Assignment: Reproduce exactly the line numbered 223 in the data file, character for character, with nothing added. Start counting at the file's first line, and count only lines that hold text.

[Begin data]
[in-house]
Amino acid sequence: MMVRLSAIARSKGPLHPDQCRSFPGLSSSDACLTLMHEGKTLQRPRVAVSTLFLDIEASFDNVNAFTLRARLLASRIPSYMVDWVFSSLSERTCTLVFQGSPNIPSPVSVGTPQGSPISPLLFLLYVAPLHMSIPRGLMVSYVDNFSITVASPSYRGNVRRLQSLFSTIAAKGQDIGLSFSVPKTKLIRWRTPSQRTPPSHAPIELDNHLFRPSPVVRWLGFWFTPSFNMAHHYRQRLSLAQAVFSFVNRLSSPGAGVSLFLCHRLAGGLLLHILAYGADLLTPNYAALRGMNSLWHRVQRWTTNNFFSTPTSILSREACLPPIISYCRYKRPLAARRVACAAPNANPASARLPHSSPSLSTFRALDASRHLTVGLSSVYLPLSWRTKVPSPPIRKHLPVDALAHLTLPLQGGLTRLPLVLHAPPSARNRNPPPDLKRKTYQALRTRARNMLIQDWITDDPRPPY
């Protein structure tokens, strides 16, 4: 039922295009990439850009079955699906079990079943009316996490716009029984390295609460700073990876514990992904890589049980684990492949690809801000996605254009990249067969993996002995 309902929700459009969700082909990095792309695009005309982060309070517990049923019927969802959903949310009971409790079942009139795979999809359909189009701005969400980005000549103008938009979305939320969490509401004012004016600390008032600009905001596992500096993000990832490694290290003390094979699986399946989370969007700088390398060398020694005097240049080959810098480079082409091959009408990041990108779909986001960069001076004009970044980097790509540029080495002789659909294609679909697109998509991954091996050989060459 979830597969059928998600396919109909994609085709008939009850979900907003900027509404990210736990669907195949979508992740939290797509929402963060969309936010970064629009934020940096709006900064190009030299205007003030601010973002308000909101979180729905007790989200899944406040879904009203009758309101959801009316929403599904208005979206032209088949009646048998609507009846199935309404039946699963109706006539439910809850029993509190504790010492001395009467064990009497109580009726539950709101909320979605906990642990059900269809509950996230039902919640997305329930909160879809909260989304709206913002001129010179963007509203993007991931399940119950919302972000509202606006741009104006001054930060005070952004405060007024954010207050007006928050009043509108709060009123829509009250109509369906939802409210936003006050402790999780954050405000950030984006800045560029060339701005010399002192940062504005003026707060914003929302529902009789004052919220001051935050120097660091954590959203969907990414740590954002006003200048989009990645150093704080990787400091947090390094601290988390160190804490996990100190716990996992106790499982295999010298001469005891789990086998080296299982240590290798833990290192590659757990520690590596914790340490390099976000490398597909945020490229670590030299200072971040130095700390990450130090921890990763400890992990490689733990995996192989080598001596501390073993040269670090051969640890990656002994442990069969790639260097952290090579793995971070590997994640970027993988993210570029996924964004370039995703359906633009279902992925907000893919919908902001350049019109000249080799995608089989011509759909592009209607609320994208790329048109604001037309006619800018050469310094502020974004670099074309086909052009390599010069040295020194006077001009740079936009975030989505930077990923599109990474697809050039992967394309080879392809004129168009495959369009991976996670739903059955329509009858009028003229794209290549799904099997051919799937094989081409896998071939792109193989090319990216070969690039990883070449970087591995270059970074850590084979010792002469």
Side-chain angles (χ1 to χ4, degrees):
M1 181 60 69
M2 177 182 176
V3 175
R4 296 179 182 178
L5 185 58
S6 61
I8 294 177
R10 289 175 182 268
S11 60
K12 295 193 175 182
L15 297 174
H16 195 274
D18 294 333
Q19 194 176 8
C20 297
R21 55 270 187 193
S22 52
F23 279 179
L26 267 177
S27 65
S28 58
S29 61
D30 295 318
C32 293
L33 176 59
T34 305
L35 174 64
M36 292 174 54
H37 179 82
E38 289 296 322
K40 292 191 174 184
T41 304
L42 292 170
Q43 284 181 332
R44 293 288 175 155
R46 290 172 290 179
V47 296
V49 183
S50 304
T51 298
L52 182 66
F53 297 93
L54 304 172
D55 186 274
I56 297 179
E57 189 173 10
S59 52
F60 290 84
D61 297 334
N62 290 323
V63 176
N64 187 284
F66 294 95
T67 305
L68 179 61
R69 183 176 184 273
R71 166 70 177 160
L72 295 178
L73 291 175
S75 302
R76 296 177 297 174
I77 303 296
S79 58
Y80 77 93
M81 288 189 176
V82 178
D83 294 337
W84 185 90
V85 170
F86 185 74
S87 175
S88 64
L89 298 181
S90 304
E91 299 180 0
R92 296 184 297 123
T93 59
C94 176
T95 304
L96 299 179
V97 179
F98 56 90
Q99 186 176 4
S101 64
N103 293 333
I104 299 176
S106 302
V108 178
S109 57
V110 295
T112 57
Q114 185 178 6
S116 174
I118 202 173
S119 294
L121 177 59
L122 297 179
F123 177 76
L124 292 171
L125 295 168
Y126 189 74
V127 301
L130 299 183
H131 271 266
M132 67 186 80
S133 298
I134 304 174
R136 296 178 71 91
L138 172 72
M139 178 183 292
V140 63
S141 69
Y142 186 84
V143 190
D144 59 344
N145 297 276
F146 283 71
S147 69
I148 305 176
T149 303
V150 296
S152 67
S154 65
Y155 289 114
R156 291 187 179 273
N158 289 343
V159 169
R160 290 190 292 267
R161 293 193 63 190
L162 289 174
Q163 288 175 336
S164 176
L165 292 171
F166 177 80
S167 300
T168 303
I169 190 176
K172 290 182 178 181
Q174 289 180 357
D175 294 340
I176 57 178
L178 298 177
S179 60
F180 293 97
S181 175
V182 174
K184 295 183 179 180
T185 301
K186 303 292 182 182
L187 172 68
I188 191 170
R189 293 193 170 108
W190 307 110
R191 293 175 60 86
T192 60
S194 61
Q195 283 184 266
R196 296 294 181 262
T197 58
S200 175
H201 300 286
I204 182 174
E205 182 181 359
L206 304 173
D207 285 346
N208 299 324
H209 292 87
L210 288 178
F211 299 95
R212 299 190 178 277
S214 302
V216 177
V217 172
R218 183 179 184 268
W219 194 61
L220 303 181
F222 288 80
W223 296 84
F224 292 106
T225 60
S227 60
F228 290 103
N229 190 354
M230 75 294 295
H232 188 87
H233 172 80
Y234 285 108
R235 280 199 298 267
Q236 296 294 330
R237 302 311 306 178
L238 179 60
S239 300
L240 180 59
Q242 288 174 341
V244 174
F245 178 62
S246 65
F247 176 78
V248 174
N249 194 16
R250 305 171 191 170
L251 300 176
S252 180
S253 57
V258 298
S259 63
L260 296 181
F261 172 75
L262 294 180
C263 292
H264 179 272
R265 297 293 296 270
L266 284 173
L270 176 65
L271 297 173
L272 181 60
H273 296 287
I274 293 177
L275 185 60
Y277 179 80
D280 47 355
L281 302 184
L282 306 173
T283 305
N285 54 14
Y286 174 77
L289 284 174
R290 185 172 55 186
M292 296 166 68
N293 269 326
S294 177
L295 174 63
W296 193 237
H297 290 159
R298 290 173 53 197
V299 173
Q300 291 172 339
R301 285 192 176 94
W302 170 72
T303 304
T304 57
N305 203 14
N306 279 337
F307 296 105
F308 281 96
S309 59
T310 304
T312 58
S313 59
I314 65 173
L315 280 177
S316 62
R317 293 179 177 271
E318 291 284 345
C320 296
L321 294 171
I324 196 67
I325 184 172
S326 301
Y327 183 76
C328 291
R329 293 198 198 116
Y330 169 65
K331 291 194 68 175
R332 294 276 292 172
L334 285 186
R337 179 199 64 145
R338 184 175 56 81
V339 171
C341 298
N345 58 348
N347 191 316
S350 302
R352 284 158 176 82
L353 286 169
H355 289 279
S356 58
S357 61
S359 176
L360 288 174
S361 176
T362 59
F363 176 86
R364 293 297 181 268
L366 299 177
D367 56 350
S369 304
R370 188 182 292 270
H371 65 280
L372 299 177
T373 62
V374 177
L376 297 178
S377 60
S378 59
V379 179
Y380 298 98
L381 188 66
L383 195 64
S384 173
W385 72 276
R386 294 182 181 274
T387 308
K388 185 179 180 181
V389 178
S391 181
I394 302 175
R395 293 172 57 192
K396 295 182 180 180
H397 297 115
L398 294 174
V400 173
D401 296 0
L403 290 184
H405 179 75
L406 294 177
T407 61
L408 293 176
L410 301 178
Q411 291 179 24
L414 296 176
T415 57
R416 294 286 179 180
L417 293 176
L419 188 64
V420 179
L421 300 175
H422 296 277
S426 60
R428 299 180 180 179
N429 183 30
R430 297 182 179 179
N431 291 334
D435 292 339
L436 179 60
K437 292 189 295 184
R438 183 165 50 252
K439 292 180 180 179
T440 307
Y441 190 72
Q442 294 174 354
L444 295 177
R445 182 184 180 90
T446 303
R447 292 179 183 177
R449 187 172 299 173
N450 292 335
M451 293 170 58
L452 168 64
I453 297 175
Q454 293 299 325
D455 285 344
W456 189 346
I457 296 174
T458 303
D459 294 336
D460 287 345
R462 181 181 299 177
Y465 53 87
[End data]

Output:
L275 185 60